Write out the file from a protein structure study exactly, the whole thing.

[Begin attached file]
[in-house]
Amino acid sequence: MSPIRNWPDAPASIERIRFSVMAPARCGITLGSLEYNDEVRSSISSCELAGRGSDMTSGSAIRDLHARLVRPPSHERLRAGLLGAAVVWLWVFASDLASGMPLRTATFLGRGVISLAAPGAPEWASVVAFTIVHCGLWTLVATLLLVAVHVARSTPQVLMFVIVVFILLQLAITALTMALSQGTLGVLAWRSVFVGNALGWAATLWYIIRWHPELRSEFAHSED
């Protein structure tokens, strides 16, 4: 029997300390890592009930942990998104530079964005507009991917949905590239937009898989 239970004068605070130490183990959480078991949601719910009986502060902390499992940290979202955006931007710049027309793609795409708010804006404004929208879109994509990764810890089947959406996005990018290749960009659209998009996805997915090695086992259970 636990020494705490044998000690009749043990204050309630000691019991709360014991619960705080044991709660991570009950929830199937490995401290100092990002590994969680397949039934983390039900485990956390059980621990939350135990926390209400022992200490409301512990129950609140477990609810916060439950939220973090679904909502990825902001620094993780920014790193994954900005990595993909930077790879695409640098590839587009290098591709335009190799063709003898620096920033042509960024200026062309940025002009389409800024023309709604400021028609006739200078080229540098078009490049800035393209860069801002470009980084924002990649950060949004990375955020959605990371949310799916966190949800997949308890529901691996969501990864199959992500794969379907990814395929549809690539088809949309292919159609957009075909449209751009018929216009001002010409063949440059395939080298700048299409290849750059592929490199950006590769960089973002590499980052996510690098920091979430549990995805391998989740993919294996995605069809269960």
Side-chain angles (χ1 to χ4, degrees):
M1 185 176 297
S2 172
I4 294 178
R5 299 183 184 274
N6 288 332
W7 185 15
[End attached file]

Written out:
[in-house]
Amino acid sequence: MSPIRNWPDAPASIERIRFSVMAPARCGITLGSLEYNDEVRSSISSCELAGRGSDMTSGSAIRDLHARLVRPPSHERLRAGLLGAAVVWLWVFASDLASGMPLRTATFLGRGVISLAAPGAPEWASVVAFTIVHCGLWTLVATLLLVAVHVARSTPQVLMFVIVVFILLQLAITALTMALSQGTLGVLAWRSVFVGNALGWAATLWYIIRWHPELRSEFAHSED
């Protein structure tokens, strides 16, 4: 029997300390890592009930942990998104530079964005507009991917949905590239937009898989 239970004068605070130490183990959480078991949601719910009986502060902390499992940290979202955006931007710049027309793609795409708010804006404004929208879109994509990764810890089947959406996005990018290749960009659209998009996805997915090695086992259970 636990020494705490044998000690009749043990204050309630000691019991709360014991619960705080044991709660991570009950929830199937490995401290100092990002590994969680397949039934983390039900485990956390059980621990939350135990926390209400022992200490409301512990129950609140477990609810916060439950939220973090679904909502990825902001620094993780920014790193994954900005990595993909930077790879695409640098590839587009290098591709335009190799063709003898620096920033042509960024200026062309940025002009389409800024023309709604400021028609006739200078080229540098078009490049800035393209860069801002470009980084924002990649950060949004990375955020959605990371949310799916966190949800997949308890529901691996969501990864199959992500794969379907990814395929549809690539088809949309292919159609957009075909449209751009018929216009001002010409063949440059395939080298700048299409290849750059592929490199950006590769960089973002590499980052996510690098920091979430549990995805391998989740993919294996995605069809269960």
Side-chain angles (χ1 to χ4, degrees):
M1 185 176 297
S2 172
I4 294 178
R5 299 183 184 274
N6 288 332
W7 185 15